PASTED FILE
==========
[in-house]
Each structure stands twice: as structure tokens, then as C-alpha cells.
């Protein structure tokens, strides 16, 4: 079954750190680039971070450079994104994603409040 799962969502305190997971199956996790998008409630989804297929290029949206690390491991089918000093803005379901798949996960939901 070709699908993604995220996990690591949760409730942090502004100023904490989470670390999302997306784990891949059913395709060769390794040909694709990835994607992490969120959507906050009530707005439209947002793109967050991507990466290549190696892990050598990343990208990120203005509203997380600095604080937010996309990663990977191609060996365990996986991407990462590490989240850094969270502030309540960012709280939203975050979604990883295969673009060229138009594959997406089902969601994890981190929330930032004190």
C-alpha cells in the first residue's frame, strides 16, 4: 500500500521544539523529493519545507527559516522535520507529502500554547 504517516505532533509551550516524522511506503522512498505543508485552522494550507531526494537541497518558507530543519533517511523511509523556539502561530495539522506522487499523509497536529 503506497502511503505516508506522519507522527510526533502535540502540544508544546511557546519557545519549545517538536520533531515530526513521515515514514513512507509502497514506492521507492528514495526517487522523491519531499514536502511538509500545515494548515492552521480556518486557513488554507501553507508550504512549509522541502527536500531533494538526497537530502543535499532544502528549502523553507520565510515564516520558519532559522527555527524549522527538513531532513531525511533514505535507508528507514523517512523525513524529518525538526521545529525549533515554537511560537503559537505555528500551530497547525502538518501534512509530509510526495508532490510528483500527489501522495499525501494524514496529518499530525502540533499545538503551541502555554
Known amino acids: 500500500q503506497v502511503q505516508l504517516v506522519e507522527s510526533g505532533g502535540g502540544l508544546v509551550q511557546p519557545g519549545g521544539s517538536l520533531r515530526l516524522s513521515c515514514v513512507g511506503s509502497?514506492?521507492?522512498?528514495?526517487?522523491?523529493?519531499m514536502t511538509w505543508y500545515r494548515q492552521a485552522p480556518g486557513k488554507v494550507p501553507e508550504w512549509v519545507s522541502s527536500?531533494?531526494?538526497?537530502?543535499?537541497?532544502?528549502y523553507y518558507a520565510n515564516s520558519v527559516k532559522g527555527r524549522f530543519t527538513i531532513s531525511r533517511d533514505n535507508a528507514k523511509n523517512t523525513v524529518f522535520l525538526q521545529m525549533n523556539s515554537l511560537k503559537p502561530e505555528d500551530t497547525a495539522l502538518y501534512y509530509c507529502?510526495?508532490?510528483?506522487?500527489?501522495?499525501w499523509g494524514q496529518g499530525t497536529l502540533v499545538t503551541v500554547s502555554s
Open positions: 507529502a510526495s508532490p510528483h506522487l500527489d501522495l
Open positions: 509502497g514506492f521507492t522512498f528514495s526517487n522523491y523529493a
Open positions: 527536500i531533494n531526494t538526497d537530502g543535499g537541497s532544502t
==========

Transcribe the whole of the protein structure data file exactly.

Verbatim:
[in-house]
Each structure stands twice: as structure tokens, then as C-alpha cells.
């Protein structure tokens, strides 16, 4: 079954750190680039971070450079994104994603409040 799962969502305190997971199956996790998008409630989804297929290029949206690390491991089918000093803005379901798949996960939901 070709699908993604995220996990690591949760409730942090502004100023904490989470670390999302997306784990891949059913395709060769390794040909694709990835994607992490969120959507906050009530707005439209947002793109967050991507990466290549190696892990050598990343990208990120203005509203997380600095604080937010996309990663990977191609060996365990996986991407990462590490989240850094969270502030309540960012709280939203975050979604990883295969673009060229138009594959997406089902969601994890981190929330930032004190």
C-alpha cells in the first residue's frame, strides 16, 4: 500500500521544539523529493519545507527559516522535520507529502500554547 504517516505532533509551550516524522511506503522512498505543508485552522494550507531526494537541497518558507530543519533517511523511509523556539502561530495539522506522487499523509497536529 503506497502511503505516508506522519507522527510526533502535540502540544508544546511557546519557545519549545517538536520533531515530526513521515515514514513512507509502497514506492521507492528514495526517487522523491519531499514536502511538509500545515494548515492552521480556518486557513488554507501553507508550504512549509522541502527536500531533494538526497537530502543535499532544502528549502523553507520565510515564516520558519532559522527555527524549522527538513531532513531525511533514505535507508528507514523517512523525513524529518525538526521545529525549533515554537511560537503559537505555528500551530497547525502538518501534512509530509510526495508532490510528483500527489501522495499525501494524514496529518499530525502540533499545538503551541502555554
Known amino acids: 500500500q503506497v502511503q505516508l504517516v506522519e507522527s510526533g505532533g502535540g502540544l508544546v509551550q511557546p519557545g519549545g521544539s517538536l520533531r515530526l516524522s513521515c515514514v513512507g511506503s509502497?514506492?521507492?522512498?528514495?526517487?522523491?523529493?519531499m514536502t511538509w505543508y500545515r494548515q492552521a485552522p480556518g486557513k488554507v494550507p501553507e508550504w512549509v519545507s522541502s527536500?531533494?531526494?538526497?537530502?543535499?537541497?532544502?528549502y523553507y518558507a520565510n515564516s520558519v527559516k532559522g527555527r524549522f530543519t527538513i531532513s531525511r533517511d533514505n535507508a528507514k523511509n523517512t523525513v524529518f522535520l525538526q521545529m525549533n523556539s515554537l511560537k503559537p502561530e505555528d500551530t497547525a495539522l502538518y501534512y509530509c507529502?510526495?508532490?510528483?506522487?500527489?501522495?499525501w499523509g494524514q496529518g499530525t497536529l502540533v499545538t503551541v500554547s502555554s
Open positions: 507529502a510526495s508532490p510528483h506522487l500527489d501522495l
Open positions: 509502497g514506492f521507492t522512498f528514495s526517487n522523491y523529493a
Open positions: 527536500i531533494n531526494t538526497d537530502g543535499g537541497s532544502t